A Rocky Start

Photo by Roshan Khichi | Mercury Staff

Comets set sights on ASC Championship tournament despite losses in first two games

With the spring semester in full swing, the UTD baseball team has gotten off to a rough start in its 2020 season at the Cactus Classic where they lost their first two games 3-0 and 16-6. Despite a tough opening, the Comets remain hopeful for the upcoming season.

The team, which ended its 2019 season with a 21-21 overall record, welcomed 14 freshman players this year. Head coach Shane Shewmake said older teammates have helped bring in the new players.

“It really comes down to the players and their leadership, and being able to get guys together and become teammates and you have a short time to do that,” Shewmake said. “That’s really the trick, and the quicker we can do that, probably the more success we’re going to have.”

On top of bringing in freshmen, the team has also introduced 10 new transfer players. Besides working to integrate themselves onto the team, Shewmake said they’d helped pull the rest of the team together.

“There’s some transfers that have come in and really done a good job as far as being leaders,” Shewmake said. “They’ve been through it, and it might have been at another school, but they understand what it takes. We’ve got a couple of those guys that are stepping up and being leaders that way.”

Last season, the team made it to the first round of the ASC Championship tournament, where the players won 11-2 against Louisiana College in their first game before facing a tight 13-12 loss to the same school in the last game of the season. As the Comets prepare to face off against some of the same teams they’ve played in prior years, Shewmake said it would be important for players not to worry about who’s in the other dugout and keep past games in mind.

“Everytime we play somebody, we’re keeping charts on them, and their hitters and where they hit the ball and what they hit, and their pitches and what they throw, and all the things you have to do. So the more we play those people, the more you know about a certain hitter and what he does, so you can adjust your defense accordingly,” Shewmake said. “If they’re bringing a pitcher in and you can know what his tendencies are and let your hitters know, so that as we play teams we get a little more familiar, you get a better idea of what you want to do against them.”

Kicking off his fourth season with the Comets, senior third baseman Isaiah Swann said he could see the team competing on the national stage.

“We all believe that we can do big things. We believe we can make history this year,” Swann said. “We’re not thinking conference championship, but we’re looking past that. I wouldn’t pass it, but we want to get a national championship this year. I feel like we have the talent and the depth. I feel a real difference this year.”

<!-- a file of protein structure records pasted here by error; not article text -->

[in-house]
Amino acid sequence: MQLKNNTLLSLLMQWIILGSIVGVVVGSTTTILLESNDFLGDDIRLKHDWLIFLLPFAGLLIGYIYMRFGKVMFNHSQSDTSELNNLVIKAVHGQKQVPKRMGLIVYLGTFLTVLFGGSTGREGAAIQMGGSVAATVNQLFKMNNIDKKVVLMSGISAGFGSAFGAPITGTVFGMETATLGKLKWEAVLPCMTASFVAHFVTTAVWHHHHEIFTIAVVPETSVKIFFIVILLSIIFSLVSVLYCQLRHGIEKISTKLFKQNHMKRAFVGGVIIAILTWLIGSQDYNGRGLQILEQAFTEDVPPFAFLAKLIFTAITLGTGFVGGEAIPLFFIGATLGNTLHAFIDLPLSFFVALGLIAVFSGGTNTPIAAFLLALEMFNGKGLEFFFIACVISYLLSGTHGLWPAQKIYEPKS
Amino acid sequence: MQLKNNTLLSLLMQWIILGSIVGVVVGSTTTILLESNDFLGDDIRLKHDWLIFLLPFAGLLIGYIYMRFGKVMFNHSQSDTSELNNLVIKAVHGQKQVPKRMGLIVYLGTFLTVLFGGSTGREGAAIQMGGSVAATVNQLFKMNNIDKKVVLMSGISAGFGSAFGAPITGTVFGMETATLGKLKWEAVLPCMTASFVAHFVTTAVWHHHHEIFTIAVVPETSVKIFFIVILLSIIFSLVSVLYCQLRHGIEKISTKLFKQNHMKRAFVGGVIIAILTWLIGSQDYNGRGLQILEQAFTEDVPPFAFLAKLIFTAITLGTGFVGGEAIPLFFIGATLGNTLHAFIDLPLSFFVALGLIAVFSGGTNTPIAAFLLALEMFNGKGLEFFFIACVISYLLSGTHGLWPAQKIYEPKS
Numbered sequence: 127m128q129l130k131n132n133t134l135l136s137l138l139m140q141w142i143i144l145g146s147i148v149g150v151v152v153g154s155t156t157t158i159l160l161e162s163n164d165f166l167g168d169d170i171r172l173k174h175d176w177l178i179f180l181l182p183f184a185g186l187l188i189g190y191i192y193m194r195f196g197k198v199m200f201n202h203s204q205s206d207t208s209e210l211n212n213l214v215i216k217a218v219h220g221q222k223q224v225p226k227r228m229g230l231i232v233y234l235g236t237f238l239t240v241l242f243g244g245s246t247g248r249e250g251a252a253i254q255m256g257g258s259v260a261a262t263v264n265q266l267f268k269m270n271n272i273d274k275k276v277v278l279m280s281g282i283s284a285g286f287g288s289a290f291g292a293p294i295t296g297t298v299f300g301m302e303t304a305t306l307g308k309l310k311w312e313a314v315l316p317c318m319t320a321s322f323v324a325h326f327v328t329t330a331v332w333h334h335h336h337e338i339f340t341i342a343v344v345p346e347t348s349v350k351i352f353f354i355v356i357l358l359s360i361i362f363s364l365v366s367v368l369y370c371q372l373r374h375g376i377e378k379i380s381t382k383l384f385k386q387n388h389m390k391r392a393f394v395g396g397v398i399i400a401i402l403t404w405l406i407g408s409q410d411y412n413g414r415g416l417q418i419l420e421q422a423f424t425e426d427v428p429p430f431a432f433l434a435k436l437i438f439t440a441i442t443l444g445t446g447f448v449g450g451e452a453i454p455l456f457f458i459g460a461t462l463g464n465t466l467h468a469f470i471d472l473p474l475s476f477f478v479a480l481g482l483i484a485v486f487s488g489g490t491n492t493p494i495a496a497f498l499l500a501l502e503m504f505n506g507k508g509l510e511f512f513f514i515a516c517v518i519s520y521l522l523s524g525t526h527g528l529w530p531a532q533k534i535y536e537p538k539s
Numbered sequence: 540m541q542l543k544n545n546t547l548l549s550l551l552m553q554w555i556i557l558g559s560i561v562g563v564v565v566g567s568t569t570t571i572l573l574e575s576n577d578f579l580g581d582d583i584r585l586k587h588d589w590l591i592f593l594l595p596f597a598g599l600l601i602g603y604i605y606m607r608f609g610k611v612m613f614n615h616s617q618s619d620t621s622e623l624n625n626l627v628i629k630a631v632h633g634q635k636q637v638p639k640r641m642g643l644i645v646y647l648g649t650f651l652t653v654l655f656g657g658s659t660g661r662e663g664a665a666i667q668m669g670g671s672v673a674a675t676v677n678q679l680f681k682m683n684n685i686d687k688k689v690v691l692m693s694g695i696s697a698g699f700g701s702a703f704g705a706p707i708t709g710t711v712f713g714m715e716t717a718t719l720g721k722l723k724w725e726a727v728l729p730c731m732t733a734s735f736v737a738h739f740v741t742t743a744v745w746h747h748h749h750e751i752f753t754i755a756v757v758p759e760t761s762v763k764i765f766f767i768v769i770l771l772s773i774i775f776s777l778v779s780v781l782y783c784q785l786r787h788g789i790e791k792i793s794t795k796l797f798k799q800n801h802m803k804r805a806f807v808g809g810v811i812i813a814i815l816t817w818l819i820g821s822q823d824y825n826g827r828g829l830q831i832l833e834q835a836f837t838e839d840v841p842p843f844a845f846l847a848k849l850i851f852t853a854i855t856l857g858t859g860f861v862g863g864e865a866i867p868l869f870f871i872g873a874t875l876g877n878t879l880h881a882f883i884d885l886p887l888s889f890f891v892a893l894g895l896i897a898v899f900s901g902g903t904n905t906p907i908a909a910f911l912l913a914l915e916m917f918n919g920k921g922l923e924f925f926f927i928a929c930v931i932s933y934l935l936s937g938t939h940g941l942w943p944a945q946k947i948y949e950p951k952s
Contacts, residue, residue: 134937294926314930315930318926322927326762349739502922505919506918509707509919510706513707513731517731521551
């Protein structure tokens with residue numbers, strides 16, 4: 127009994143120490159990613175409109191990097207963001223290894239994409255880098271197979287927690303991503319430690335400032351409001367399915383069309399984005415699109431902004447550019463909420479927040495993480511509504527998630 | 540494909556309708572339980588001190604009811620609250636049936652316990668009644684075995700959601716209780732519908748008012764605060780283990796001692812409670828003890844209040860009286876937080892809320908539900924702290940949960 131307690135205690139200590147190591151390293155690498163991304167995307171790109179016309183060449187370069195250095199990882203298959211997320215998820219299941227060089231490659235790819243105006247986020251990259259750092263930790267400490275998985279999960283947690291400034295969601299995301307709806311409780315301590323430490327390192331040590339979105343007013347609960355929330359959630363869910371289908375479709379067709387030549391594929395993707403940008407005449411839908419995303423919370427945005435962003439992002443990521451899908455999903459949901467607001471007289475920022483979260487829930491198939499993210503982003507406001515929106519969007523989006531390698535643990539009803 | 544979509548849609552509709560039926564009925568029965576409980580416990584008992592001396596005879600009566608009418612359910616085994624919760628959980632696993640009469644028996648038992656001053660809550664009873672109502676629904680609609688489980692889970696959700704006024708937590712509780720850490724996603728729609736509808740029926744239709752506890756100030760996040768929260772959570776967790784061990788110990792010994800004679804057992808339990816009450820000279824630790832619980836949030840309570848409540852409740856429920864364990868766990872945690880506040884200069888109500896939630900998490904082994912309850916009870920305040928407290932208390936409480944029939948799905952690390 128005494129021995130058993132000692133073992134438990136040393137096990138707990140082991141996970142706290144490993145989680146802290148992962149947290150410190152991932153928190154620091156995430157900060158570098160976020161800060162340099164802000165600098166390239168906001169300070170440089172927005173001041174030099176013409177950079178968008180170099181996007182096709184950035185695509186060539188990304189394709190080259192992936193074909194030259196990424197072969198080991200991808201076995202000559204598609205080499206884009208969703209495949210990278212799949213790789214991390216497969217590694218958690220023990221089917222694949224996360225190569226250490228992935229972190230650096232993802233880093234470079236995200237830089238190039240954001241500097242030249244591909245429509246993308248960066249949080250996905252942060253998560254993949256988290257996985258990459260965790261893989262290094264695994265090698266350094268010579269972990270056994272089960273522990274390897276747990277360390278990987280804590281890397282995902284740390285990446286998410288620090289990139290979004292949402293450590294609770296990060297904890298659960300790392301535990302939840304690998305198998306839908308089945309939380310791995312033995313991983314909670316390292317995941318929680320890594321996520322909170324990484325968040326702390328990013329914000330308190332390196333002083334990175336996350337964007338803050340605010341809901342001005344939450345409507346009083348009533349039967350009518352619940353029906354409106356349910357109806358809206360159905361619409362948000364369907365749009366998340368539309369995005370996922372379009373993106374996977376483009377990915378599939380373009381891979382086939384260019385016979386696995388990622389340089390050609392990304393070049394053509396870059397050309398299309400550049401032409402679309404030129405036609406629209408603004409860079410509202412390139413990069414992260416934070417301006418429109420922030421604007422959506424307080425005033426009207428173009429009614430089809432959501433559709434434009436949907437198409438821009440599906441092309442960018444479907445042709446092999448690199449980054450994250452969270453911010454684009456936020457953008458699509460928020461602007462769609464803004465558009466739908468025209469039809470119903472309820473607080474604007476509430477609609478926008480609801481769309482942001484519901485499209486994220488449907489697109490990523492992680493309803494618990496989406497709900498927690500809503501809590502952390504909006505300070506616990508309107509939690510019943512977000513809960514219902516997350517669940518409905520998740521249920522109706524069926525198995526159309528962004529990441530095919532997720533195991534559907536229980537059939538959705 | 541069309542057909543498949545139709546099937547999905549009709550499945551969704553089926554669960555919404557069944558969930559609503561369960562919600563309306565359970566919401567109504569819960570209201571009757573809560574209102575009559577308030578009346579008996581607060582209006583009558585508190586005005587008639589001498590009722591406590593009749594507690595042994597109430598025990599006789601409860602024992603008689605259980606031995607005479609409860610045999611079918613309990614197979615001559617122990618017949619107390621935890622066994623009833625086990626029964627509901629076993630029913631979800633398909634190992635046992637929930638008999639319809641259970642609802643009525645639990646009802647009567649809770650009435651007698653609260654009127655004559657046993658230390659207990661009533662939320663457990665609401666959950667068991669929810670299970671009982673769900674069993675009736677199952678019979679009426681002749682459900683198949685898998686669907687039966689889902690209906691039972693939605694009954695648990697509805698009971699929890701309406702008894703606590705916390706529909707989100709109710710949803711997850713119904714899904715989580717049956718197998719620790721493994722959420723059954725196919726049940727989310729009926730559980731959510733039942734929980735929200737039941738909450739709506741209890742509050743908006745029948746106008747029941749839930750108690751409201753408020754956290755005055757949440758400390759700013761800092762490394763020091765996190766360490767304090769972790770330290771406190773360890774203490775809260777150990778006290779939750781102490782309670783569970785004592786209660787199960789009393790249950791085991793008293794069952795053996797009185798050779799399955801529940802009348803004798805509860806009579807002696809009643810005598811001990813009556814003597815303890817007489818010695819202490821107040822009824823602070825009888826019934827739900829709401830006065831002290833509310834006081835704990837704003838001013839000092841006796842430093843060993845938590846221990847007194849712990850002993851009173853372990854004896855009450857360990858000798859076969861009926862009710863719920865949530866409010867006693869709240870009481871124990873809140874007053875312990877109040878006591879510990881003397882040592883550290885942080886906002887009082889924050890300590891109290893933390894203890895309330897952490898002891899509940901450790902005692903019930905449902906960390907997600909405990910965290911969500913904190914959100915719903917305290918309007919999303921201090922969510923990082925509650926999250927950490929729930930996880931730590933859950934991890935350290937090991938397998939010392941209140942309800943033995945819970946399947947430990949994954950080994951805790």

By setting its sights on the national championship, the team is aiming to surpass the 2018 Comets, the first UTD baseball team to win the ASC Championship Tournament. Having been a part of the 2018 season, Swann said that what the Comets now lack in experience and stability, the new team makes up for with intensity and determination.

“There was a lot of stability there, which I think really helped us as compared to 2020. We have a lot of transfers and a bunch of new guys, so there’s a lot of moving parts. But the thing that’s different, is that there’s no… getting a feel for how the team works and things like that here in 2020,” he said. “Once those guys came in, they were new but they figured it out quickly and there wasn’t really an adjustment period. It just felt like everybody fit in and we instantly were going.”

The Comets have been preparing for the season since the start of the fall semester, with some players having practiced through the summer. With their practice schedule coming to approximately 30 hours a week, Swann said it would be important for the team to continue to stay focused on its end goal.

“We set a goal from day one, and we’re chasing that goal every day. We’ve got to remind ourselves that’s what we’re working for every day,” Swann said. “You can’t take one day off, you can’t take a step back. You’ve got to get one percent better every single day.”

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